Facts about the Ural Mountains, boundary between Europe and Asia

What are the Urals?
The Ural Mountains are an ancient mountain range located at the extreme eastern limit of Europe. They are notably associated with the boundary between Europe and Asia.

Ural MountainsUral Mountains, by Ugraland. Licensed under Creative Commons

Where are the Urals exactly located?
The Urals stretch for 1,500 mi roughly north to south from the Arctic Ocean down to central Russia, where the Ural River flows.
The Urals are mainly located in Russia, although the southern part reaches Northern Kazakhstan.

Location of the Ural mountains

Location of the Ural mountains, adapted from “Location map of Russia” by Uwe Dedering. This file is licensed under Creative Commons

Location map of RussiaLocation map of Russia


Since when are the Urals on the face of Earth and why?
The Urals appeared nearly 300 million years ago as a consequence of the collision between two continents that are no longer there, Laurussia and Kazakhstania. In other words, while other mountain ranges appeared because of collision of still-existing continents – like Europe and Africa for the Alps – the Urals are vestiges of long-gone tectonic activity.

Are the Urals high?
Nope. The Urals are not very high if compared to other mountain ranges. Their highest peak is Mount Narodnaya, which peaks at 6,217 ft above the sea level.
However, although not very high in average, the Urals are considered relatively high for their age.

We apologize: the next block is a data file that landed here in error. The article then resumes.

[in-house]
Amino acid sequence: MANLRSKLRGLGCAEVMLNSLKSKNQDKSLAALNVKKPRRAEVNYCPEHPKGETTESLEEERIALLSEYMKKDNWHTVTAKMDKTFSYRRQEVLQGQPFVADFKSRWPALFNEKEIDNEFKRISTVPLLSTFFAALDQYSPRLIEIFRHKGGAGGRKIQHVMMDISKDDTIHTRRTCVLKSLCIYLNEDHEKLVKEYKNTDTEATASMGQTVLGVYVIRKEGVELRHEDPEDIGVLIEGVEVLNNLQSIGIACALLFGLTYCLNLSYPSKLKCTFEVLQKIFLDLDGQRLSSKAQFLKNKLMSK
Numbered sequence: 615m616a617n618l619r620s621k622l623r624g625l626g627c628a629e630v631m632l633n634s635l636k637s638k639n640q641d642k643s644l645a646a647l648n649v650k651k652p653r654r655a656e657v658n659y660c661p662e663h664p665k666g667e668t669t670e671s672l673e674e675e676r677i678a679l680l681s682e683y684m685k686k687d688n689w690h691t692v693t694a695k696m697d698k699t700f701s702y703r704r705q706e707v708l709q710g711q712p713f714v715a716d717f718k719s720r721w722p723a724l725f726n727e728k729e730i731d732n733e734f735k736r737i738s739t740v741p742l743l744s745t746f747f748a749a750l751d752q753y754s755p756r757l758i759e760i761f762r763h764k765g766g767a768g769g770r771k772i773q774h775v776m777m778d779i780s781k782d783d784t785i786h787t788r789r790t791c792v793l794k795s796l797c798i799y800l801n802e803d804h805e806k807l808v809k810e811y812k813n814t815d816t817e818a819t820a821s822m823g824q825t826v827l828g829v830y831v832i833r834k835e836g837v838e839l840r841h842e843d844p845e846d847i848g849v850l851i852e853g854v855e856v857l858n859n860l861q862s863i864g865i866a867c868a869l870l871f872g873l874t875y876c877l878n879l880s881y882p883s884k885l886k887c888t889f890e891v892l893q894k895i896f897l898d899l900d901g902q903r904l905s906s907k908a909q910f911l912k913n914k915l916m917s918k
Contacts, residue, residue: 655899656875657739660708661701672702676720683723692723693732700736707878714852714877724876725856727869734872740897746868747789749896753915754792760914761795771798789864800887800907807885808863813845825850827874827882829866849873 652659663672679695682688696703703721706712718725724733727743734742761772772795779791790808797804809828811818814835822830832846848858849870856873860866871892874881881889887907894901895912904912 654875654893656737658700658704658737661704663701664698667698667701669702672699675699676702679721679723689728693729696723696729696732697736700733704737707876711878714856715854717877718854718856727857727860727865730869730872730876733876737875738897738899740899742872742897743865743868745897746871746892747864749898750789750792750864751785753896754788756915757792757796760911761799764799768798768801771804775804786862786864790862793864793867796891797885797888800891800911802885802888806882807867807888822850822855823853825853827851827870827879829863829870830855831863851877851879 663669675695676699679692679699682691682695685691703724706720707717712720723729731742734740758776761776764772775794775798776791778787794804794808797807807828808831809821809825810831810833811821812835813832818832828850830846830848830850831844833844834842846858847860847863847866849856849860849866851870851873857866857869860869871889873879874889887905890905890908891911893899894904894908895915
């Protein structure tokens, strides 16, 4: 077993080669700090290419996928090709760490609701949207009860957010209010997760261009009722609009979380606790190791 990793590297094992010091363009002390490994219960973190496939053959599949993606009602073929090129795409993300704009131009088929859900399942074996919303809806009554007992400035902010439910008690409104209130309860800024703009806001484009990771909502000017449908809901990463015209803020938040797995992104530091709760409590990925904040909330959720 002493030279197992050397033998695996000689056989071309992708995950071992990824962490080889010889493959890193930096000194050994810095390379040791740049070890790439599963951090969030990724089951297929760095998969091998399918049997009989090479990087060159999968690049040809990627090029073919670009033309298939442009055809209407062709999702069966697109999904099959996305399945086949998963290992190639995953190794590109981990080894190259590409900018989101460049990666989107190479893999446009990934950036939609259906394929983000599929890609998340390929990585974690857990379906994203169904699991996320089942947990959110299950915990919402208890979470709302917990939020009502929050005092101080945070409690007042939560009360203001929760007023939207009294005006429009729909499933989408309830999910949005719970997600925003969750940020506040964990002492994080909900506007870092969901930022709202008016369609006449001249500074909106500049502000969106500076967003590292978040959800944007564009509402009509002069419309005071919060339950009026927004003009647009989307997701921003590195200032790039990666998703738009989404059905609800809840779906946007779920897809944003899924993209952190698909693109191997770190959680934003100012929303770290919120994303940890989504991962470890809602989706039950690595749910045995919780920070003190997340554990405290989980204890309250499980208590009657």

River in the Ural Mountains

A river in the Urals

A natural boundary between Europe and Asia
The Urals are traditionally used to mark the easternmost boundary of Europe into Asia. West of the Urals lay the European prairies of Russia, while on the East spans Siberia for thousands of miles, up to the Pacific Ocean.

A natural barrier for humans
The Urals have been a natural barrier for humans. During World War II Soviet forces planned to retreat east of the Urals in case Nazi’s invasion would have been eventually successful.

Climate impact
The Urals act as a natural barrier to winds from the Atlantic. After blowing east from the ocean for thousands of miles through European central plains, those winds are stopped by the Urals. As a result, the region east of the Urals – Siberia – is in average colder and dryer.

The treasure chest of Russia
The Urals are reach in a variety of minerals, ores, precious stones, oil and coal.

Sunset over shugor river in northern urals (Russia)

Sunset over Shugor River in Polar Urals